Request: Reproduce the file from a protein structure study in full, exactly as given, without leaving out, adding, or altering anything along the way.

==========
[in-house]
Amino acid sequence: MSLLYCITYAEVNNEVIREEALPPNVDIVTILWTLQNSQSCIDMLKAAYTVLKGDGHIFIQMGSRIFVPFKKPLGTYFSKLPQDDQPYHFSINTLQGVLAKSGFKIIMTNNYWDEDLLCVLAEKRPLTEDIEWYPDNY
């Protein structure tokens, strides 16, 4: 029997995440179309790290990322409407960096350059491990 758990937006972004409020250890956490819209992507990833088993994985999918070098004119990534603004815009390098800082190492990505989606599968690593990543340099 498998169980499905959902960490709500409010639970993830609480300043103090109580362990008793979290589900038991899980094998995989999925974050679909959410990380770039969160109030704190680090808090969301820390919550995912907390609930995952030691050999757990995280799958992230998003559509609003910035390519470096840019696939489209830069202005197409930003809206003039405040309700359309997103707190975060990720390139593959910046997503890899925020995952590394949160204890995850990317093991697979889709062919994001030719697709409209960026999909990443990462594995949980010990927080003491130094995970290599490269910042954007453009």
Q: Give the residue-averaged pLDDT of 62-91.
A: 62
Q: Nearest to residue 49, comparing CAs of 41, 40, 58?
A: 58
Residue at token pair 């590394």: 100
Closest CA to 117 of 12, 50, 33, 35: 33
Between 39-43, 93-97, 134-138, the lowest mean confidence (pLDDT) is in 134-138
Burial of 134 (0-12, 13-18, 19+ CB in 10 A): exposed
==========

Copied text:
[in-house]
Amino acid sequence: MSLLYCITYAEVNNEVIREEALPPNVDIVTILWTLQNSQSCIDMLKAAYTVLKGDGHIFIQMGSRIFVPFKKPLGTYFSKLPQDDQPYHFSINTLQGVLAKSGFKIIMTNNYWDEDLLCVLAEKRPLTEDIEWYPDNY
């Protein structure tokens, strides 16, 4: 029997995440179309790290990322409407960096350059491990 758990937006972004409020250890956490819209992507990833088993994985999918070098004119990534603004815009390098800082190492990505989606599968690593990543340099 498998169980499905959902960490709500409010639970993830609480300043103090109580362990008793979290589900038991899980094998995989999925974050679909959410990380770039969160109030704190680090808090969301820390919550995912907390609930995952030691050999757990995280799958992230998003559509609003910035390519470096840019696939489209830069202005197409930003809206003039405040309700359309997103707190975060990720390139593959910046997503890899925020995952590394949160204890995850990317093991697979889709062919994001030719697709409209960026999909990443990462594995949980010990927080003491130094995970290599490269910042954007453009």
Q: Give the residue-averaged pLDDT of 62-91.
A: 62
Q: Nearest to residue 49, comparing CAs of 41, 40, 58?
A: 58
Residue at token pair 């590394």: 100
Closest CA to 117 of 12, 50, 33, 35: 33
Between 39-43, 93-97, 134-138, the lowest mean confidence (pLDDT) is in 134-138
Burial of 134 (0-12, 13-18, 19+ CB in 10 A): exposed